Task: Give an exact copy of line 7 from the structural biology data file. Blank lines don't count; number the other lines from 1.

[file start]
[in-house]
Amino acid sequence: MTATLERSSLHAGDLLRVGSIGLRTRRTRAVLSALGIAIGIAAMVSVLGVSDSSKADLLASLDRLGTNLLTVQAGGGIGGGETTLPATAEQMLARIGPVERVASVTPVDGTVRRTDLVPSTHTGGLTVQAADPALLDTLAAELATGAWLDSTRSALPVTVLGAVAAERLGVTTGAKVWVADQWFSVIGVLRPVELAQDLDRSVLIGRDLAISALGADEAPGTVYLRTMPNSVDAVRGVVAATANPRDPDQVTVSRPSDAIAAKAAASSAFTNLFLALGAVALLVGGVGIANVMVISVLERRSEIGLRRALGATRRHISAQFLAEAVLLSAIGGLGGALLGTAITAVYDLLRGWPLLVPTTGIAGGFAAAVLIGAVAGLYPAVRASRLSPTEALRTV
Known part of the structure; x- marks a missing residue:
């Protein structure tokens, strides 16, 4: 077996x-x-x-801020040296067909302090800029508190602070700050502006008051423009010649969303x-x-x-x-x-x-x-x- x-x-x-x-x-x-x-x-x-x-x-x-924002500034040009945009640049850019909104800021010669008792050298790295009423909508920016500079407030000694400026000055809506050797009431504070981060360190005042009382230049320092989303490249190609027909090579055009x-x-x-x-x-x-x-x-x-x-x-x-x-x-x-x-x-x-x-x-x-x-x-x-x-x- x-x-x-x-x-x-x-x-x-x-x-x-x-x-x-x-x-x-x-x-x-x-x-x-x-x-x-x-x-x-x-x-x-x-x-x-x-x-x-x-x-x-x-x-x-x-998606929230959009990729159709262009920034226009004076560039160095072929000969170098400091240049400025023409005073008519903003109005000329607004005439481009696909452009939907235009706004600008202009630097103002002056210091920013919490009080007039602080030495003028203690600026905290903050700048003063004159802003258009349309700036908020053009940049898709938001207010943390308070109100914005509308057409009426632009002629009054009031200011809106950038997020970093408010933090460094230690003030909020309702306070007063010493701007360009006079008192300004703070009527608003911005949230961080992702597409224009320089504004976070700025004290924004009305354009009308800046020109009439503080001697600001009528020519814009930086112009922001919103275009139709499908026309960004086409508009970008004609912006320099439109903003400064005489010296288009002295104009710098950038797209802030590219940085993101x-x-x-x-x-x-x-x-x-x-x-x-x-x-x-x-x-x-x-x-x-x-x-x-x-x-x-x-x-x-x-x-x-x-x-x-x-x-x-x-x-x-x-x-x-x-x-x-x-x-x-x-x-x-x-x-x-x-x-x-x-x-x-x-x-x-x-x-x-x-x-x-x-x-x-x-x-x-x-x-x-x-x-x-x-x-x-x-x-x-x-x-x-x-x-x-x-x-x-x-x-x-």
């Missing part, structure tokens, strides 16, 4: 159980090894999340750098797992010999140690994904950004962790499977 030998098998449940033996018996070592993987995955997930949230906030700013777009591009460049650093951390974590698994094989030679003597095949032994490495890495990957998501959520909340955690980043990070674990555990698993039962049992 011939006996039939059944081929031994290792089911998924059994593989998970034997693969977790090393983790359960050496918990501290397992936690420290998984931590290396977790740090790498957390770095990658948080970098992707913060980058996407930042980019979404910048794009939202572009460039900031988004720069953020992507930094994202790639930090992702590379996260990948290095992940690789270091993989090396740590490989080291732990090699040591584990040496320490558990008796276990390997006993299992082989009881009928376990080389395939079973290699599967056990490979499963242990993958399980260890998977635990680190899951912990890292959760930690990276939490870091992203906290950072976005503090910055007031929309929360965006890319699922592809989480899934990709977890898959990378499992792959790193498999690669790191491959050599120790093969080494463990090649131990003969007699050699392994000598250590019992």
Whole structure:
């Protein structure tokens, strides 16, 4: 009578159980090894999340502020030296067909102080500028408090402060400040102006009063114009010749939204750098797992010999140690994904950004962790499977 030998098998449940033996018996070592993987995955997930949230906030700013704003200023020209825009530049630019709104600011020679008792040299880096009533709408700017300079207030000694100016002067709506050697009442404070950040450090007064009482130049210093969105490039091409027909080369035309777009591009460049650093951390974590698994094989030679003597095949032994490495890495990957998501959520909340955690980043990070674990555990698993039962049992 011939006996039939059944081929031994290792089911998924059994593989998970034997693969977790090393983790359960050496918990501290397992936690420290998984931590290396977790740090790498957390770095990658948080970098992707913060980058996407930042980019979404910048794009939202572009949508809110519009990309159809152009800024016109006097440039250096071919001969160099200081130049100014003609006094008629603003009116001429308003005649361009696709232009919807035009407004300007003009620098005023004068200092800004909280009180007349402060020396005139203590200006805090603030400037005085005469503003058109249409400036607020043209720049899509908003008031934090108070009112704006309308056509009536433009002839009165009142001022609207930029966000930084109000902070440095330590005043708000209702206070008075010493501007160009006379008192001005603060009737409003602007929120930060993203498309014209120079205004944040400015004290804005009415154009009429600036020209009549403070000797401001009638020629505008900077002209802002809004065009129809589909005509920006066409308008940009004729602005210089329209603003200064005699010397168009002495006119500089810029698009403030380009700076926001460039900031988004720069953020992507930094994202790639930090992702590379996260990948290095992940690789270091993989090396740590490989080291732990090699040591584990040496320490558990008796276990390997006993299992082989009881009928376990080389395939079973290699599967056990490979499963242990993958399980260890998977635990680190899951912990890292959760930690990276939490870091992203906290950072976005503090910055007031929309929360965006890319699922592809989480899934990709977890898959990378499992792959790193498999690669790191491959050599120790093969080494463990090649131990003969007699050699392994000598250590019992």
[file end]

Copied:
């Protein structure tokens, strides 16, 4: 009578159980090894999340502020030296067909102080500028408090402060400040102006009063114009010749939204750098797992010999140690994904950004962790499977 030998098998449940033996018996070592993987995955997930949230906030700013704003200023020209825009530049630019709104600011020679008792040299880096009533709408700017300079207030000694100016002067709506050697009442404070950040450090007064009482130049210093969105490039091409027909080369035309777009591009460049650093951390974590698994094989030679003597095949032994490495890495990957998501959520909340955690980043990070674990555990698993039962049992 011939006996039939059944081929031994290792089911998924059994593989998970034997693969977790090393983790359960050496918990501290397992936690420290998984931590290396977790740090790498957390770095990658948080970098992707913060980058996407930042980019979404910048794009939202572009949508809110519009990309159809152009800024016109006097440039250096071919001969160099200081130049100014003609006094008629603003009116001429308003005649361009696709232009919807035009407004300007003009620098005023004068200092800004909280009180007349402060020396005139203590200006805090603030400037005085005469503003058109249409400036607020043209720049899509908003008031934090108070009112704006309308056509009536433009002839009165009142001022609207930029966000930084109000902070440095330590005043708000209702206070008075010493501007160009006379008192001005603060009737409003602007929120930060993203498309014209120079205004944040400015004290804005009415154009009429600036020209009549403070000797401001009638020629505008900077002209802002809004065009129809589909005509920006066409308008940009004729602005210089329209603003200064005699010397168009002495006119500089810029698009403030380009700076926001460039900031988004720069953020992507930094994202790639930090992702590379996260990948290095992940690789270091993989090396740590490989080291732990090699040591584990040496320490558990008796276990390997006993299992082989009881009928376990080389395939079973290699599967056990490979499963242990993958399980260890998977635990680190899951912990890292959760930690990276939490870091992203906290950072976005503090910055007031929309929360965006890319699922592809989480899934990709977890898959990378499992792959790193498999690669790191491959050599120790093969080494463990090649131990003969007699050699392994000598250590019992």